Further, the purpose of the foregoing abstract is to enable the U.S. Patent and Trademark Office and the public generally, and especially the scientists, engineers and practitioners in the art who are not familiar with patent or legal terms or phraseology, to determine quickly from a cursory inspection the nature and essence of the technical disclosure of the application. The abstract is neither intended to define the invention of the application, which is measured by the claims, nor is it intended to be limiting as to the scope of the invention in any way.

These together with other objects of the invention, along with the various features of novelty which characterize the invention, are pointed out with particularity in the claims annexed to and forming a part of this disclosure. For a better understanding of the invention, its operating advantages and the specific objects attained by its uses, reference should be had to the accompanying drawings and descriptive matter in which there is illustrated preferred embodiments of the invention.

BRIEF DESCRIPTION OF THE DRAWINGS

FIG. 1A is a top elevational view of a call according to an embodiment of the invention;

FIG. 1B is a front elevational view of the call of FIG. 1A;

FIG. 2 is an exploded top view of the call of FIG. 1A;

FIG. 3 is a side elevational view of the call of FIG. 1A; and

FIG. 4 is an exploded side elevational view of the call of FIG. 1A.

DETAILED DESCRIPTION

FIGS. 1A, 1B, 2, 3 and 4 illustrate a call 10 including a call producing portion 12 connected at one end thereof to a mouthpiece 14 and at the other end thereof to a megaphone 16. A sound is produced when a user blows into the mouthpiece 14 and the sound is amplified by the megaphone 16.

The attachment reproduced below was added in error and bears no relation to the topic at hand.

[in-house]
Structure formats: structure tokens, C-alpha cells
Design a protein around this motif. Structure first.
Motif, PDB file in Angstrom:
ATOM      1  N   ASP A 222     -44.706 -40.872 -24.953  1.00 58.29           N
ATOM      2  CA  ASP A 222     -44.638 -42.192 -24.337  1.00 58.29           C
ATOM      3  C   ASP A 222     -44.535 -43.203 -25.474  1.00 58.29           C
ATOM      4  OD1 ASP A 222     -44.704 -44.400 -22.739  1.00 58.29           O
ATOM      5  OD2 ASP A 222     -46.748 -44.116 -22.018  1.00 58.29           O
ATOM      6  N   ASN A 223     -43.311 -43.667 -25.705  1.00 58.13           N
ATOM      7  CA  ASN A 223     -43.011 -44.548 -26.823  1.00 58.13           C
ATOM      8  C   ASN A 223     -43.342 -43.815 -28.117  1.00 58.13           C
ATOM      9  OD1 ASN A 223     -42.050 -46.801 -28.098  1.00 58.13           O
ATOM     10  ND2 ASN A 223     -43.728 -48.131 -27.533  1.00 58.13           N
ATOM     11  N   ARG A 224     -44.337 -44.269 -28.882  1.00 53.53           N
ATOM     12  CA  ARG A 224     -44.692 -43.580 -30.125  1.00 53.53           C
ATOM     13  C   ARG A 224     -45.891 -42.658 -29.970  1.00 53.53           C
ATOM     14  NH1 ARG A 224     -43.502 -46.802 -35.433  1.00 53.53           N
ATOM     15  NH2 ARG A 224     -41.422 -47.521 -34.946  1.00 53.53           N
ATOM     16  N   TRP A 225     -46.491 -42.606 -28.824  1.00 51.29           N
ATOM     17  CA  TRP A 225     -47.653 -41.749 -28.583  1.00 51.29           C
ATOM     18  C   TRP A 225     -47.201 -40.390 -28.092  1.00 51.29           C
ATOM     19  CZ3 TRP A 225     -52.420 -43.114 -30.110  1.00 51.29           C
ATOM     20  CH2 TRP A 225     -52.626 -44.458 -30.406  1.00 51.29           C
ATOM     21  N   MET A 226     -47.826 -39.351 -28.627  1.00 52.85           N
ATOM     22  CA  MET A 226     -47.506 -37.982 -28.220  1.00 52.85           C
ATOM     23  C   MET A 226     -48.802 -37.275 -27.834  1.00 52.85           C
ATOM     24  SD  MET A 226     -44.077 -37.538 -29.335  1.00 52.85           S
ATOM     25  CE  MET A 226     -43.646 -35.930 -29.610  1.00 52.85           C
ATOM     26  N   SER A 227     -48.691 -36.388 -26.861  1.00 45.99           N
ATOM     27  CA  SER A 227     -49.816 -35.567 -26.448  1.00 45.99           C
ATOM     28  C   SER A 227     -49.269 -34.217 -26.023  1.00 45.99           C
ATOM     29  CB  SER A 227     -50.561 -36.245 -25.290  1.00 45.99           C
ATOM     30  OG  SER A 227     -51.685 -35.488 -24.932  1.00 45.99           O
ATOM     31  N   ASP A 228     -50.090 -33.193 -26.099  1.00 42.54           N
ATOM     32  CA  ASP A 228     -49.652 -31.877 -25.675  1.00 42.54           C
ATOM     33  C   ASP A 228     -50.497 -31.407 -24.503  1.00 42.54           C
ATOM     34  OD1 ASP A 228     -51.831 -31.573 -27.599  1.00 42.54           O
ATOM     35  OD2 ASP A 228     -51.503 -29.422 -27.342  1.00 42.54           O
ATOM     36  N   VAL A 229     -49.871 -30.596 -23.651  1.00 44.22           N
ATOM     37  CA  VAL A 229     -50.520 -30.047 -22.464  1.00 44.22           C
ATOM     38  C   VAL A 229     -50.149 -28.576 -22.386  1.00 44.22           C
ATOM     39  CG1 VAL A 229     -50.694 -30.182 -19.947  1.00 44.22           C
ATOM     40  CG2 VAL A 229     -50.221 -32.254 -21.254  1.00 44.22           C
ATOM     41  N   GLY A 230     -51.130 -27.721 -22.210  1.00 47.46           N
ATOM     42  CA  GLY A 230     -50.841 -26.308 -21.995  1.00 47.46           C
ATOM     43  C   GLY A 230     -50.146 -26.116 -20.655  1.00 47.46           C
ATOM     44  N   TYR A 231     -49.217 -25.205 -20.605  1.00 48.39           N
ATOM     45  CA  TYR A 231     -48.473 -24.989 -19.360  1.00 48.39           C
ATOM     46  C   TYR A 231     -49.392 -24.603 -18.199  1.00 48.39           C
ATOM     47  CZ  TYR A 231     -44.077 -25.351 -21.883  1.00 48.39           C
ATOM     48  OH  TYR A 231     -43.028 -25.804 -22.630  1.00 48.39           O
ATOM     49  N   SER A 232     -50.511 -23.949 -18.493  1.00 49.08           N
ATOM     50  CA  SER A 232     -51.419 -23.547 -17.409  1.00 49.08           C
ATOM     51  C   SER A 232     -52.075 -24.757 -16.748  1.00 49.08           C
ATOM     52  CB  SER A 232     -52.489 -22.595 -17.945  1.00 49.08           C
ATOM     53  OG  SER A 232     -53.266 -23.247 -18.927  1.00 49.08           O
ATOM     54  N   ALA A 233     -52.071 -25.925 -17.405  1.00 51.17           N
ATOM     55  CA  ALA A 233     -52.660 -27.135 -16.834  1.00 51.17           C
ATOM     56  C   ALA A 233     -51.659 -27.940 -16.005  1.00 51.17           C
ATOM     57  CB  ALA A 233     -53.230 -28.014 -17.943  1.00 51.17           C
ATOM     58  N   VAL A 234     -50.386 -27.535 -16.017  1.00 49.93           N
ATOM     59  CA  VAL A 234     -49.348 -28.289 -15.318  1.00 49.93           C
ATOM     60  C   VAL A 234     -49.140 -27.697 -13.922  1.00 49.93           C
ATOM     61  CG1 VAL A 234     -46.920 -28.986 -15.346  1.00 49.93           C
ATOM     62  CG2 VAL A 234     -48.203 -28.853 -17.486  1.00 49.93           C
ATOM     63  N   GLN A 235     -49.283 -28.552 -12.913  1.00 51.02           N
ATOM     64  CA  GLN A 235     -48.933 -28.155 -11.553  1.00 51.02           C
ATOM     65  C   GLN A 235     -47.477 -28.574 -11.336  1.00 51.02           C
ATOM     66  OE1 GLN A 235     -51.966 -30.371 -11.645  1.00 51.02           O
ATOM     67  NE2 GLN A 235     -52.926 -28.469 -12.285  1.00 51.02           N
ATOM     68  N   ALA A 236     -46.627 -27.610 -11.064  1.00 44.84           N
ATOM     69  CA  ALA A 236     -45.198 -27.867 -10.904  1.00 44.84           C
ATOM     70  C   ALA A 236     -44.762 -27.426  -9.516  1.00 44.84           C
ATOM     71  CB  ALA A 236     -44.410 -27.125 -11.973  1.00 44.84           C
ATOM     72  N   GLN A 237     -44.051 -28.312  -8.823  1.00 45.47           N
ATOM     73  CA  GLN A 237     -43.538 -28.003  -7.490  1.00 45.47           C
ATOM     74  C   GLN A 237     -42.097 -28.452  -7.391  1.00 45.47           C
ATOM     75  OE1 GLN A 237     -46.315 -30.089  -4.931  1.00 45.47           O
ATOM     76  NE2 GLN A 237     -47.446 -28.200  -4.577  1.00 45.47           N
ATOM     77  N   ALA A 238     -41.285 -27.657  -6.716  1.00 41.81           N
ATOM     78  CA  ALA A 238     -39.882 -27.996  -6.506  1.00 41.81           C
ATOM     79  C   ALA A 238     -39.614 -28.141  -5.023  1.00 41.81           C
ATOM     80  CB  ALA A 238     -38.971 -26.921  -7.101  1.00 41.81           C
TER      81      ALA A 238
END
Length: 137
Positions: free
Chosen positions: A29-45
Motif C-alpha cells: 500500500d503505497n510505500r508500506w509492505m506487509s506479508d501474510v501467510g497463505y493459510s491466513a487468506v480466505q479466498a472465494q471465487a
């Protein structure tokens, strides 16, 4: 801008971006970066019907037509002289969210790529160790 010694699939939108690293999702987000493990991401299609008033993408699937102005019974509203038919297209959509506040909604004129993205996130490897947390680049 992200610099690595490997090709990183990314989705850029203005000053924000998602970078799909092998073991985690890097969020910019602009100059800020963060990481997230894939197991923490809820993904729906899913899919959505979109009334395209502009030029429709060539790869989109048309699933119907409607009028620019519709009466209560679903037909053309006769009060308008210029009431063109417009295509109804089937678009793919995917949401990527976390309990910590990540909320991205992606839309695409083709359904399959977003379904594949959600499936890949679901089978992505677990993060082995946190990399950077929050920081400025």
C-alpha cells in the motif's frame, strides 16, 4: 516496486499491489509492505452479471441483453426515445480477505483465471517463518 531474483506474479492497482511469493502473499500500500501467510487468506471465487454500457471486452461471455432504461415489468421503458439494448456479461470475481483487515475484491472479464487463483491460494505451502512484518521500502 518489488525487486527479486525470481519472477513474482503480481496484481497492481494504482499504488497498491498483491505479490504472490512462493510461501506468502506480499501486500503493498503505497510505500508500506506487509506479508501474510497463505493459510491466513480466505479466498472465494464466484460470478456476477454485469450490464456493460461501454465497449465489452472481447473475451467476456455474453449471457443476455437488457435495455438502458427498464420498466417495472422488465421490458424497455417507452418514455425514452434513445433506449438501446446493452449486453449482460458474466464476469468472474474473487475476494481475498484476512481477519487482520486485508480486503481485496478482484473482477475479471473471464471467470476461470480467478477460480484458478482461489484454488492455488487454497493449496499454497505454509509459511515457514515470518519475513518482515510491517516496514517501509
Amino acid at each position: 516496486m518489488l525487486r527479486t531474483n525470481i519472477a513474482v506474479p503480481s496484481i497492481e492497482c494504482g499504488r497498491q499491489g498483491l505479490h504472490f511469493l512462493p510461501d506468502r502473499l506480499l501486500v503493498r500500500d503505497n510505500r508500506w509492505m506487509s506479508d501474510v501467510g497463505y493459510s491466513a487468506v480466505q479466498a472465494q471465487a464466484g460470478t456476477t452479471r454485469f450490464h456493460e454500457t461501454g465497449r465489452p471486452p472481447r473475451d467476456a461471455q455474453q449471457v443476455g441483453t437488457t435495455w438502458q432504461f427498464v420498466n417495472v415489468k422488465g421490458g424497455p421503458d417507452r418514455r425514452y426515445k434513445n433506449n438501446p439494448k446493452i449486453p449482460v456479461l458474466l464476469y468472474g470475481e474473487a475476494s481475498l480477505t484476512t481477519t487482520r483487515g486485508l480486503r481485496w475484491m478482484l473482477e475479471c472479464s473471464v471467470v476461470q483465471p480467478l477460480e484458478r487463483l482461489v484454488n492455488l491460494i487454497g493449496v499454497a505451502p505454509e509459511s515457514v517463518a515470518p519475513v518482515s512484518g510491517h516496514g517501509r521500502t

Referring to FIG. 2, the call producing portion 12 includes a resonance cavity 18 defined by a resonance cavity peripheral wall 19. The resonance cavity 18 is substantially elongated and opened at both ends thereof. The resonance cavity peripheral wall 19 has first and second end portions 20 and 22 and a central portion 26 from which the first and second end portions 20 and 22 extend. The first end portion 20 is substantially narrower than the central portion 26. This first end portion 20 receives the mouthpiece 14, while the second end portion attaches to the megaphone 16.

A reed 24 is connected to the resonance cavity 18 at the first end portion 20. The second end portion 22 is threaded for engaging corresponding threads 25 defined within an interior surface of the megaphone 16, which will be described in further detail hereinbelow.